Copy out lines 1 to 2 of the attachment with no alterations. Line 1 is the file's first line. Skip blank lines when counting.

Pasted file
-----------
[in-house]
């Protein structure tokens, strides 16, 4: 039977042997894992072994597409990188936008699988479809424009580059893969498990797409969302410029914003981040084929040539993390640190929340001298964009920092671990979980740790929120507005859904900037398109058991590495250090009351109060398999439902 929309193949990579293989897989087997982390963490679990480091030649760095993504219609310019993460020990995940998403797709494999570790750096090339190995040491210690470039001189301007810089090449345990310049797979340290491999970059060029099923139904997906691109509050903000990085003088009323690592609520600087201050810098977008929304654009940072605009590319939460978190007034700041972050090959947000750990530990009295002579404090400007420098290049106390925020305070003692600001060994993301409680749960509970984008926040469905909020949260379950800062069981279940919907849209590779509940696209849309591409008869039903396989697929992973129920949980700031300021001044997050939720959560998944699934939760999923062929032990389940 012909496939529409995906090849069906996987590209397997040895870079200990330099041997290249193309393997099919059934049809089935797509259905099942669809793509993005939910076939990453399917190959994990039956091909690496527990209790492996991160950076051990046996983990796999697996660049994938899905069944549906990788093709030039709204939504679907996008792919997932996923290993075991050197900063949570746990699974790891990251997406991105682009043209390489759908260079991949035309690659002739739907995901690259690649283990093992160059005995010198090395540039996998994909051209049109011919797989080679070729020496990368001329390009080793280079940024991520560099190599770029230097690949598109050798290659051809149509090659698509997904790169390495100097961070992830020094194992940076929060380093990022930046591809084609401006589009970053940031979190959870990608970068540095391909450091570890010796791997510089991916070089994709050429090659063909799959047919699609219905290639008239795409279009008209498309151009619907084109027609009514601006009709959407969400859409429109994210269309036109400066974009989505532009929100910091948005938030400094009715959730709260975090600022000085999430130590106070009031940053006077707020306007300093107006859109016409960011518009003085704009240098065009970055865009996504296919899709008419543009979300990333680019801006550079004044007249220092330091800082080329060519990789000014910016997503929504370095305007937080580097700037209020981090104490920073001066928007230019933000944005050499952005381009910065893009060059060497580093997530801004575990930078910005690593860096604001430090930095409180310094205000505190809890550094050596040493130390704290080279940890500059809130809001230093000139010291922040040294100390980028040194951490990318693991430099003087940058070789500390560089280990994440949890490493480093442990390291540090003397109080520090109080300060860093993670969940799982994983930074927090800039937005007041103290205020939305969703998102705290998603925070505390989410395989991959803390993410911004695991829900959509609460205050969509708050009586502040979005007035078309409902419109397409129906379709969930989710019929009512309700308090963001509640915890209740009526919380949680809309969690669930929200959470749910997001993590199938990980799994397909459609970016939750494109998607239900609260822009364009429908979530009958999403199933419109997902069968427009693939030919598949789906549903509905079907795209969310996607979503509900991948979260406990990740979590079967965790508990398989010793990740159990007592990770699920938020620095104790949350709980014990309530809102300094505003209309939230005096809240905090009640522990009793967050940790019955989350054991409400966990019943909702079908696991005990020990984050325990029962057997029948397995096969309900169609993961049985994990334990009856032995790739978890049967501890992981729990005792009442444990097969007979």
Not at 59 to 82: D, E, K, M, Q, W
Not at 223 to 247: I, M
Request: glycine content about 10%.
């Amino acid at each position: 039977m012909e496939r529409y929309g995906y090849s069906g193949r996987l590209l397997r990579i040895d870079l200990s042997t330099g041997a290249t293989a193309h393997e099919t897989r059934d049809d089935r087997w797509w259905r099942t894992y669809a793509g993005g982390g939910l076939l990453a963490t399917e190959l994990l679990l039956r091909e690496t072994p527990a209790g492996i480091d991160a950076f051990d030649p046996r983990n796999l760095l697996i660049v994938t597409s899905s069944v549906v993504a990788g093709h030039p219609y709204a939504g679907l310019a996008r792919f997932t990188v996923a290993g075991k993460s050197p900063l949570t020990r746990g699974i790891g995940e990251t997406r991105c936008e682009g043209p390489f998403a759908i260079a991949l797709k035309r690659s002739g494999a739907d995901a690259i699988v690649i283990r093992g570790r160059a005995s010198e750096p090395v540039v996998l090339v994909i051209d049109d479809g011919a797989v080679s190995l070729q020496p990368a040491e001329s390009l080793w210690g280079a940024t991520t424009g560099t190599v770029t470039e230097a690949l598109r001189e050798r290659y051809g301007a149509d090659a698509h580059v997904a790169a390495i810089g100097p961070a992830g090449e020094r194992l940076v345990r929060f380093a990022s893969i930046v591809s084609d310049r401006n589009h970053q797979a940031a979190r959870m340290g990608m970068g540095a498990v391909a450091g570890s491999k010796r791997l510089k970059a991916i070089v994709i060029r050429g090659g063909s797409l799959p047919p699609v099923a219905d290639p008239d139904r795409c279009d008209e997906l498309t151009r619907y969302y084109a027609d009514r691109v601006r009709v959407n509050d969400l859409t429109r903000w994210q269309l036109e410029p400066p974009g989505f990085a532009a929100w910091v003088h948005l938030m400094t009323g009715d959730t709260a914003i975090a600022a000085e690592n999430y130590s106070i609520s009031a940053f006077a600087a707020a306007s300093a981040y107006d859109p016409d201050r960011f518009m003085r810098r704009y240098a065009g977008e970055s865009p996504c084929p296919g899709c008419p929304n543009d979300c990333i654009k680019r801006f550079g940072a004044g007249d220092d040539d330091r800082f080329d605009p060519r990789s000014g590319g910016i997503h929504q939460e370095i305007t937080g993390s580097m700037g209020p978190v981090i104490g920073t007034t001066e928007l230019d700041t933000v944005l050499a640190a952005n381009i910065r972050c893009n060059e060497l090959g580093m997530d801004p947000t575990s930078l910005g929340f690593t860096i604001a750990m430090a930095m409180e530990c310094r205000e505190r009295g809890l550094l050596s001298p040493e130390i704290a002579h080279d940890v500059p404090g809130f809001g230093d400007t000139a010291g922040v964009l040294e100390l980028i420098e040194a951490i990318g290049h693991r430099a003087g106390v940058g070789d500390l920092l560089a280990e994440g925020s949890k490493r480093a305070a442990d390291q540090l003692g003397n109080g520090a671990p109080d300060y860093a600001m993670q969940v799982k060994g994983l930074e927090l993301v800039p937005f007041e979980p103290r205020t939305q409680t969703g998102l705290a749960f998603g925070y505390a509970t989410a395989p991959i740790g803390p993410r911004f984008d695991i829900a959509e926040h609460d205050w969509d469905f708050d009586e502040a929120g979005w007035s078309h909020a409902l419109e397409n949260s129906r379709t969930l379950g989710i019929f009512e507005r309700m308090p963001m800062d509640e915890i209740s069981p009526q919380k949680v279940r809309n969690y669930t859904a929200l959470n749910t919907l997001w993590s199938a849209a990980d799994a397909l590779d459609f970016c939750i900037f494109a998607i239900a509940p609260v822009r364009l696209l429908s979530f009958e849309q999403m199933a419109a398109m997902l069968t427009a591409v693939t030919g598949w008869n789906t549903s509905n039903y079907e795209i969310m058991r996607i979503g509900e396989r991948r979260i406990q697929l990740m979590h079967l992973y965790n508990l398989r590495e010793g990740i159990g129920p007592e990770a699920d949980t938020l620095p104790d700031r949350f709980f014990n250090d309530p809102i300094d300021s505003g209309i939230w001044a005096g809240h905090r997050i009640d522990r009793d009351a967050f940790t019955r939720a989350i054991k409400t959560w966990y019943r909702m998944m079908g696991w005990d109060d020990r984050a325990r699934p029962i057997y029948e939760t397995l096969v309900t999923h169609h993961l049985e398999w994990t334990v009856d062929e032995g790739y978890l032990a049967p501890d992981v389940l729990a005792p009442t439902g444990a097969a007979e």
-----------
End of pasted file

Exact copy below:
[in-house]
């Protein structure tokens, strides 16, 4: 039977042997894992072994597409990188936008699988479809424009580059893969498990797409969302410029914003981040084929040539993390640190929340001298964009920092671990979980740790929120507005859904900037398109058991590495250090009351109060398999439902 929309193949990579293989897989087997982390963490679990480091030649760095993504219609310019993460020990995940998403797709494999570790750096090339190995040491210690470039001189301007810089090449345990310049797979340290491999970059060029099923139904997906691109509050903000990085003088009323690592609520600087201050810098977008929304654009940072605009590319939460978190007034700041972050090959947000750990530990009295002579404090400007420098290049106390925020305070003692600001060994993301409680749960509970984008926040469905909020949260379950800062069981279940919907849209590779509940696209849309591409008869039903396989697929992973129920949980700031300021001044997050939720959560998944699934939760999923062929032990389940 012909496939529409995906090849069906996987590209397997040895870079200990330099041997290249193309393997099919059934049809089935797509259905099942669809793509993005939910076939990453399917190959994990039956091909690496527990209790492996991160950076051990046996983990796999697996660049994938899905069944549906990788093709030039709204939504679907996008792919997932996923290993075991050197900063949570746990699974790891990251997406991105682009043209390489759908260079991949035309690659002739739907995901690259690649283990093992160059005995010198090395540039996998994909051209049109011919797989080679070729020496990368001329390009080793280079940024991520560099190599770029230097690949598109050798290659051809149509090659698509997904790169390495100097961070992830020094194992940076929060380093990022930046591809084609401006589009970053940031979190959870990608970068540095391909450091570890010796791997510089991916070089994709050429090659063909799959047919699609219905290639008239795409279009008209498309151009619907084109027609009514601006009709959407969400859409429109994210269309036109400066974009989505532009929100910091948005938030400094009715959730709260975090600022000085999430130590106070009031940053006077707020306007300093107006859109016409960011518009003085704009240098065009970055865009996504296919899709008419543009979300990333680019801006550079004044007249220092330091800082080329060519990789000014910016997503929504370095305007937080580097700037209020981090104490920073001066928007230019933000944005050499952005381009910065893009060059060497580093997530801004575990930078910005690593860096604001430090930095409180310094205000505190809890550094050596040493130390704290080279940890500059809130809001230093000139010291922040040294100390980028040194951490990318693991430099003087940058070789500390560089280990994440949890490493480093442990390291540090003397109080520090109080300060860093993670969940799982994983930074927090800039937005007041103290205020939305969703998102705290998603925070505390989410395989991959803390993410911004695991829900959509609460205050969509708050009586502040979005007035078309409902419109397409129906379709969930989710019929009512309700308090963001509640915890209740009526919380949680809309969690669930929200959470749910997001993590199938990980799994397909459609970016939750494109998607239900609260822009364009429908979530009958999403199933419109997902069968427009693939030919598949789906549903509905079907795209969310996607979503509900991948979260406990990740979590079967965790508990398989010793990740159990007592990770699920938020620095104790949350709980014990309530809102300094505003209309939230005096809240905090009640522990009793967050940790019955989350054991409400966990019943909702079908696991005990020990984050325990029962057997029948397995096969309900169609993961049985994990334990009856032995790739978890049967501890992981729990005792009442444990097969007979």